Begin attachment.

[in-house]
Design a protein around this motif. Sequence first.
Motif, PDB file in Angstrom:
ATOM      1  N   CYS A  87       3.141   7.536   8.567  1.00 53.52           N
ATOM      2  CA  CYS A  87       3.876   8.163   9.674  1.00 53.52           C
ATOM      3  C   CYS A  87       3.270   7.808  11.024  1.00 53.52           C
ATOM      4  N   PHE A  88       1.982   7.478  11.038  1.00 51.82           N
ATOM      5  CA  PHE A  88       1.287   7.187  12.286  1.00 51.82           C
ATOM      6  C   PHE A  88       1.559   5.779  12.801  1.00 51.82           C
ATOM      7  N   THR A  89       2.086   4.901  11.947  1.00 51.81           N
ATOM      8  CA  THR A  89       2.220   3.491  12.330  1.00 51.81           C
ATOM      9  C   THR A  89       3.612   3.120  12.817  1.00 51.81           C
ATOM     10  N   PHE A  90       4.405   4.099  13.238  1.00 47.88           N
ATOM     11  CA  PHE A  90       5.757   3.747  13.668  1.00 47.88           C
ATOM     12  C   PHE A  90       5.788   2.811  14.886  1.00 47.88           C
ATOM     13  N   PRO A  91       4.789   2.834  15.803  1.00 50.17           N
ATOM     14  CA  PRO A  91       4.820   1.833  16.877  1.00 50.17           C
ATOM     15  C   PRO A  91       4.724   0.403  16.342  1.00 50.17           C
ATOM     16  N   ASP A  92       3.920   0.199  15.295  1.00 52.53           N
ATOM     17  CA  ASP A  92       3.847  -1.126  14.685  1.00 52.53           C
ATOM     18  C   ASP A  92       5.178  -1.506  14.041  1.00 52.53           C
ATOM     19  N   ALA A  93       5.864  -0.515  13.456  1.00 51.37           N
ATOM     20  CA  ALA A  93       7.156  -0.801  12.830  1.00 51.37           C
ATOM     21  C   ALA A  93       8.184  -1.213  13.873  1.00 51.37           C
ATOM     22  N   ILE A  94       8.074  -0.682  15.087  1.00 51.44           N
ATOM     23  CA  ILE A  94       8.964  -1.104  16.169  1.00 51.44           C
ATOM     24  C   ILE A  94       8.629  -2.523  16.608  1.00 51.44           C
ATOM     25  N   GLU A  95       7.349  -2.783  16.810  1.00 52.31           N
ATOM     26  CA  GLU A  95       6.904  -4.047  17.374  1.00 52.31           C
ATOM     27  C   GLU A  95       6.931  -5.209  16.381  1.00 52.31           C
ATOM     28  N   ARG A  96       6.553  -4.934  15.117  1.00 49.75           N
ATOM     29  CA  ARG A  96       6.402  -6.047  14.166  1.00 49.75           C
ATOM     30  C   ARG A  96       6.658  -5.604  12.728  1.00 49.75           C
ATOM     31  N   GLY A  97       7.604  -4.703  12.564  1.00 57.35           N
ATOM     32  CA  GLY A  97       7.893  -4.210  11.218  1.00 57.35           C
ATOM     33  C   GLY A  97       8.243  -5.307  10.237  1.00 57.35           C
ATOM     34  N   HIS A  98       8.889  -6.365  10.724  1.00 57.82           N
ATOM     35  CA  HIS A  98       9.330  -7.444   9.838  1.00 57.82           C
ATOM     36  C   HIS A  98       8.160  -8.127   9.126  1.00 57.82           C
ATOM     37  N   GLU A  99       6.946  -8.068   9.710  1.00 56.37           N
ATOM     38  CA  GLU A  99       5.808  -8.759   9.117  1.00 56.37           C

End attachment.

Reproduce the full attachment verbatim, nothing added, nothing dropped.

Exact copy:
[in-house]
Design a protein around this motif. Sequence first.
Motif, PDB file in Angstrom:
ATOM      1  N   CYS A  87       3.141   7.536   8.567  1.00 53.52           N
ATOM      2  CA  CYS A  87       3.876   8.163   9.674  1.00 53.52           C
ATOM      3  C   CYS A  87       3.270   7.808  11.024  1.00 53.52           C
ATOM      4  N   PHE A  88       1.982   7.478  11.038  1.00 51.82           N
ATOM      5  CA  PHE A  88       1.287   7.187  12.286  1.00 51.82           C
ATOM      6  C   PHE A  88       1.559   5.779  12.801  1.00 51.82           C
ATOM      7  N   THR A  89       2.086   4.901  11.947  1.00 51.81           N
ATOM      8  CA  THR A  89       2.220   3.491  12.330  1.00 51.81           C
ATOM      9  C   THR A  89       3.612   3.120  12.817  1.00 51.81           C
ATOM     10  N   PHE A  90       4.405   4.099  13.238  1.00 47.88           N
ATOM     11  CA  PHE A  90       5.757   3.747  13.668  1.00 47.88           C
ATOM     12  C   PHE A  90       5.788   2.811  14.886  1.00 47.88           C
ATOM     13  N   PRO A  91       4.789   2.834  15.803  1.00 50.17           N
ATOM     14  CA  PRO A  91       4.820   1.833  16.877  1.00 50.17           C
ATOM     15  C   PRO A  91       4.724   0.403  16.342  1.00 50.17           C
ATOM     16  N   ASP A  92       3.920   0.199  15.295  1.00 52.53           N
ATOM     17  CA  ASP A  92       3.847  -1.126  14.685  1.00 52.53           C
ATOM     18  C   ASP A  92       5.178  -1.506  14.041  1.00 52.53           C
ATOM     19  N   ALA A  93       5.864  -0.515  13.456  1.00 51.37           N
ATOM     20  CA  ALA A  93       7.156  -0.801  12.830  1.00 51.37           C
ATOM     21  C   ALA A  93       8.184  -1.213  13.873  1.00 51.37           C
ATOM     22  N   ILE A  94       8.074  -0.682  15.087  1.00 51.44           N
ATOM     23  CA  ILE A  94       8.964  -1.104  16.169  1.00 51.44           C
ATOM     24  C   ILE A  94       8.629  -2.523  16.608  1.00 51.44           C
ATOM     25  N   GLU A  95       7.349  -2.783  16.810  1.00 52.31           N
ATOM     26  CA  GLU A  95       6.904  -4.047  17.374  1.00 52.31           C
ATOM     27  C   GLU A  95       6.931  -5.209  16.381  1.00 52.31           C
ATOM     28  N   ARG A  96       6.553  -4.934  15.117  1.00 49.75           N
ATOM     29  CA  ARG A  96       6.402  -6.047  14.166  1.00 49.75           C
ATOM     30  C   ARG A  96       6.658  -5.604  12.728  1.00 49.75           C
ATOM     31  N   GLY A  97       7.604  -4.703  12.564  1.00 57.35           N
ATOM     32  CA  GLY A  97       7.893  -4.210  11.218  1.00 57.35           C
ATOM     33  C   GLY A  97       8.243  -5.307  10.237  1.00 57.35           C
ATOM     34  N   HIS A  98       8.889  -6.365  10.724  1.00 57.82           N
ATOM     35  CA  HIS A  98       9.330  -7.444   9.838  1.00 57.82           C
ATOM     36  C   HIS A  98       8.160  -8.127   9.126  1.00 57.82           C
ATOM     37  N   GLU A  99       6.946  -8.068   9.710  1.00 56.37           N
ATOM     38  CA  GLU A  99       5.808  -8.759   9.117  1.00 56.37           C